Saturday, 17 August 2013

According to What?

"According to What?" is the header of the Ai Wei Wei show at the Art Gallery of Ontario, opening today.  I was at a members' preview last night and was totally touched.  I love this kind of art - exquisite work where it is required, stunning symbolism, expressing meaningful social, political and personal issues.  But above all, it is very accessible art.  Art that I can understand and appreciate.  My photos don't really do them justice but it's for my friends who are not in Toronto - maybe they'll make a trip.  For those of you who are here, it is definitely worth a visit.

The backpack snake - a memorial to the 380 school children who died in the Sichuan earthquake of 2008.  

Incredible - but these two sculptures are made up of compressed pu'erh tea leaves!  They sit on a bed of loose tea leaves.  They are imaginary tea rooms - traditionally the centre of Chinese culture.

A sculpture of Ai's childhood memories - parallel gym bars that were in every school yard during the Cultural Revolution and the stack of firewood outside his home of exile in Xinjiang.  The sculptures were made from wood salvaged from Qing dynasty temples. 

Another iconic piece - there are many variations of this concept in Ai's work - deconstruction of old furniture (in this case Qing dynasty stools with no nails) and reassembling them in new ways with obvious application to new ideas stemming from the breaking down of our old assumptions.

Old vases dipped in new paint - same idea

Moon Chests - fascinating piece!  A series of wood chests made with rare Huali wood, artfully constructed and aligned so that someone standing at one end can see all the phases of the moon.  Extremely popular - almost impossible to get a picture without a person's head sticking out as you can see! 

Chateau Lafite - supposedly a play on the word feet - this is a sculpture of a pair of Chinese shoes wrapped around a bottle of Chateau Lafite - he does have a sense of humour

The famous crabs - river crabs to be specific - He Xie - an important pun on the two words which in Chinese also sound like "Harmonious" - a satirical take on the Communist slogan.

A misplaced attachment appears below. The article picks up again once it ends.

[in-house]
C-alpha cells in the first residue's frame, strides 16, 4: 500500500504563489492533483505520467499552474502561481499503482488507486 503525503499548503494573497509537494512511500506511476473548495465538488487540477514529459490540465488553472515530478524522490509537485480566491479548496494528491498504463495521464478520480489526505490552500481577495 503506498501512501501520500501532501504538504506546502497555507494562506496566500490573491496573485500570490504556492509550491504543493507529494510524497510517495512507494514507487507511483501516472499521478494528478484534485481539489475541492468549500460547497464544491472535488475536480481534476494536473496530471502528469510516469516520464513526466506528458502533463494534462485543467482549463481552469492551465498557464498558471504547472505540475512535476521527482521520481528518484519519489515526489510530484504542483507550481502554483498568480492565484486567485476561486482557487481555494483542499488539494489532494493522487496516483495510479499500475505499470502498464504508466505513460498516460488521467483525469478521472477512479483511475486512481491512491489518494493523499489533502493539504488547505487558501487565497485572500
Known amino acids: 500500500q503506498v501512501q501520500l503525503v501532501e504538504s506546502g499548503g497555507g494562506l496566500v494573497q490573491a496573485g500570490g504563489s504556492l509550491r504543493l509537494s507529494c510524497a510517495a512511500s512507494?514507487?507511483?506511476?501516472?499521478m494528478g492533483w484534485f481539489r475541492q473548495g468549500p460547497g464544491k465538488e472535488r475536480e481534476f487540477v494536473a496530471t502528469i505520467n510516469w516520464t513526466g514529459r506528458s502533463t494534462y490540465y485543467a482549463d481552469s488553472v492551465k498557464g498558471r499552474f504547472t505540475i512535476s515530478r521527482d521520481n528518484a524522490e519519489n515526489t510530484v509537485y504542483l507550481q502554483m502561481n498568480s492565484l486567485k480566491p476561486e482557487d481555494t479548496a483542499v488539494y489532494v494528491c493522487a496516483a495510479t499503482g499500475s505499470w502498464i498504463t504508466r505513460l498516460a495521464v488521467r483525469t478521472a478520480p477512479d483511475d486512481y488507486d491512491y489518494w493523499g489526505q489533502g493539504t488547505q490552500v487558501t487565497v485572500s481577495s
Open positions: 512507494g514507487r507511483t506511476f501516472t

The iconic antique vase overpainted with the Coca-Cola logo - need we say more

Another memorial to the Sichuan earthquake.  These steel rods were from the scene of the earthquake.  Each bent rod was hammered 200 times to straighten them for this installation.  This piece represents Ai's anger at the government's unwillingness to acknowledge the earthquake victims, their pretense that nothing had happened and carry on business as usual.  At the far end of this sculpture, is the memorial wall made up of the names, date of birth, grade and school record of the 380 children who perished.

A beautiful rosewood sculpture inspired by an antique rosewood box from Ai's father

Divina Proportione - Ai created these sculptures without using nails or screws using a Ming dynasty woodworking technique.  He named it after a Da Vinci drawing of the same forms which he found after he completed the works.

Two highly symbolic pieces representative of China and its long history - the map of China on each end of a long piece of log and on top of a beautifully finished sculpture of mahogany.  

I was not tall enough to get the shape of China!   You have to go and see it for yourself!

Monday, 5 August 2013

Hiking the Grand Canyon

The one thing I remembered from our last hike into the Canyon more than 30 years ago was the bolded caution from the rangers to allow double the time for the hike up - if you hiked for an hour into the canyon, it would take you two hours to come back up the same distance.  With that firmly entrenched in our minds and the understanding that we are now older and that it could possibly take us longer than double the time, we hiked into the canyon on the Kaibab Trail, starting off from Yaki Point.  We found that going down was not as easy as it looked - it was quite steep, there were many switchbacks.  We felt it mostly in our knees.  Meeting breathless older people coming up the trail was enough of a reminder to not overdo it. We took our time as there were lots of photo ops - it was a scenic trail.

Note the switchbacks downs the side of the canyon

A mule train coming up the canyon

We found out from one of the riders what was in the cargo - garbage hikers left behind in the canyon!

This was where we stopped for lunch - the point was aptly named because there were indeed a lot of oohing and aahing at the view

And more than one species admiring the view...

Looking back at the trail going up, we decided it was time to go back.  We were only 780 ft. down but it felt like a long descent because of the switchbacks.  We expected the ascent to take twice as long but it turned out to be not too bad - we were pleasantly surprised - apart from our knees, our lungs were in better shape than we thought.

An artist at the top - I too wish I could paint this...